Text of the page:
September 25, 2022

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YSPH awaits reaccreditation, independence from School of Medicine under review

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Yale’s Office of Academic Affairs is finishing up the reaccreditation process for the School of Public Health.


Sarah Cook

12:22 am, Feb 09, 2022

Staff Reporter



Jessie Cheung, Staff Photographer

With University officials currently weighing whether the Yale School of Public Health should remain under the financial and administrative purview of the School of Medicine, new data from the school’s reaccreditation process reveals that it has expanded significantly over the last four years.

The School of Public Health reaccreditation is currently pending and follows a seven-year review process that shows a growth in faculty and student population at the school as well as an increase in faculty productivity and teaching quality. The data shows a 105 percent growth in students from the 2017-18 school year to the 2021-22 school year. It also shows a 23 percent increase in faculty and 42 percent increase in staff over the same time frame. The findings come as community members continue to call for SPH’s financial and administrative autonomy from the School of Medicine — a possibility that Dean of the School of Public Health Sten Vermund said University leaders would assess and might “entertain.”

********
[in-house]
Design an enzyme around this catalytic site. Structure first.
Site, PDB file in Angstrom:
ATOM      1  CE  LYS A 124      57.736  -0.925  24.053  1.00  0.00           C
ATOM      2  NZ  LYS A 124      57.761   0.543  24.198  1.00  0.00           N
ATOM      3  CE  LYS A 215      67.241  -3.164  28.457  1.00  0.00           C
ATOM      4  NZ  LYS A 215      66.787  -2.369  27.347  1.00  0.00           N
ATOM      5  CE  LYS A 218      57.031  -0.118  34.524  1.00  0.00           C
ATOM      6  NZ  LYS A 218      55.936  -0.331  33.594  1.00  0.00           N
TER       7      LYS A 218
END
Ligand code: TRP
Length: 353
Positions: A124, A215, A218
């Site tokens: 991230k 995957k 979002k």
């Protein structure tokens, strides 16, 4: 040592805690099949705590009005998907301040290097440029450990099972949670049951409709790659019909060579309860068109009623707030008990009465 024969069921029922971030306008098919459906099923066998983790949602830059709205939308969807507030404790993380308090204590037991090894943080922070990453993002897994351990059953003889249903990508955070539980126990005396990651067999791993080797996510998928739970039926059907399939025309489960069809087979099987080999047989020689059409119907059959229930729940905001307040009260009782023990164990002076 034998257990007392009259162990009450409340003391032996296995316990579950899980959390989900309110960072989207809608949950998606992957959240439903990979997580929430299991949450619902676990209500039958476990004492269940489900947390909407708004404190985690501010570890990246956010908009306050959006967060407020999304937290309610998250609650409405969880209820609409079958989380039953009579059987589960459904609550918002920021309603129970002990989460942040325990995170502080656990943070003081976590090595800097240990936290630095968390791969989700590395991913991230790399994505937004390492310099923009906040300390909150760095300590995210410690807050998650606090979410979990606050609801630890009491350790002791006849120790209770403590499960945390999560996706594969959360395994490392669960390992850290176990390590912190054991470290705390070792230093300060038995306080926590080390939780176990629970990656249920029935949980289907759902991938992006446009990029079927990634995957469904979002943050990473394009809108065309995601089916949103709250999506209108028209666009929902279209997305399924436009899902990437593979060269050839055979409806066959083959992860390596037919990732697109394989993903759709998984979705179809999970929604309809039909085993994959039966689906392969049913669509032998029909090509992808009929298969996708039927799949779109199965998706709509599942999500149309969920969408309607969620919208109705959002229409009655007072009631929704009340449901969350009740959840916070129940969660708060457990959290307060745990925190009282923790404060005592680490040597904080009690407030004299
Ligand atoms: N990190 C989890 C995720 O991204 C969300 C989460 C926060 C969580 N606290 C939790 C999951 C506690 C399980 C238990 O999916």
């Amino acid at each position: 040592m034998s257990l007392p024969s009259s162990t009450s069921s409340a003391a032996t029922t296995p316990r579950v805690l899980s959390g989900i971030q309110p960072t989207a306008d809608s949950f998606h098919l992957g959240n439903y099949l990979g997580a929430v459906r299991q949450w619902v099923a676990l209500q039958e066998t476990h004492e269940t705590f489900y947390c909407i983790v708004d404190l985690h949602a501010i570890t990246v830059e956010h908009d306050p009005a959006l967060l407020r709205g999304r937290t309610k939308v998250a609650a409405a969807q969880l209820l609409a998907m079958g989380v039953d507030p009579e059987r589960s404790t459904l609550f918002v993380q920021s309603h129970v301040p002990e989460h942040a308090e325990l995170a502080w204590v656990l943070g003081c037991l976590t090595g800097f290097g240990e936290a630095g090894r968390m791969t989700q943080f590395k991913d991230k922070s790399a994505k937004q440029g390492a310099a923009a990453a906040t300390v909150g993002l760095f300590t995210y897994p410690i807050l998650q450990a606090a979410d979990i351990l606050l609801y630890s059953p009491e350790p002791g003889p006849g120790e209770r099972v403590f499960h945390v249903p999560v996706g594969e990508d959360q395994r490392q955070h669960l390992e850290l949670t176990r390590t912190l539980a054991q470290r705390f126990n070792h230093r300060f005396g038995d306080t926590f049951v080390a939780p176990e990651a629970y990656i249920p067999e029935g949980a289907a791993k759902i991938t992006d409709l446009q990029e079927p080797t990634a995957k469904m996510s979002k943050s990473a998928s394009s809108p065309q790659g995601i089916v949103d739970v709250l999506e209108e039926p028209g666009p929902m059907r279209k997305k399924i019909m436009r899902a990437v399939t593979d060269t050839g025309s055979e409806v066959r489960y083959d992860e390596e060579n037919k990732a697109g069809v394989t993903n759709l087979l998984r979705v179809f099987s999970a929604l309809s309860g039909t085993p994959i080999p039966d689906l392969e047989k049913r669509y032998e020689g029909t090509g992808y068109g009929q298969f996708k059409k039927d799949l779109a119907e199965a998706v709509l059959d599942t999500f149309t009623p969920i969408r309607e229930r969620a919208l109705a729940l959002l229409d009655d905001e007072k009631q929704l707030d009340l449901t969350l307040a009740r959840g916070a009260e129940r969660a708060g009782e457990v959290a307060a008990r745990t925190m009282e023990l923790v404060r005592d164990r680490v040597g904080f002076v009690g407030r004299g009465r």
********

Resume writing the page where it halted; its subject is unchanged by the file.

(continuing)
“I was stunned by the results of that review,” Vermund said. “I’m really, really amazed and super proud of the faculty, staff and students and we’ve grown considerably.” 

Vermund said that the increase in faculty productivity is “staggering,” with the number of published papers increasing more than two-fold, and that the teaching quality has “improved massively.” Vermund said that in recent years, three SPH faculty members have won top paper of the year for three different journals. Throughout the pandemic, Vermund said that SPH has provided assistance to Connecticut and New Haven, schools and arts organizations in California, Rhode Island, Connecticut and New York. 

Vermund noted that in addition to the reaccreditation process, there is an ongoing University evaluation into whether SPH current structure of operating within the medical school should continue. SPH operates under the School of Medicine despite the fact that it is one of the University’s self-supporting schools; associate professor of epidemiology Gregg Gonsalves previously told the News that SPH is the country’s sole public health school that operates under the administration of a medical school.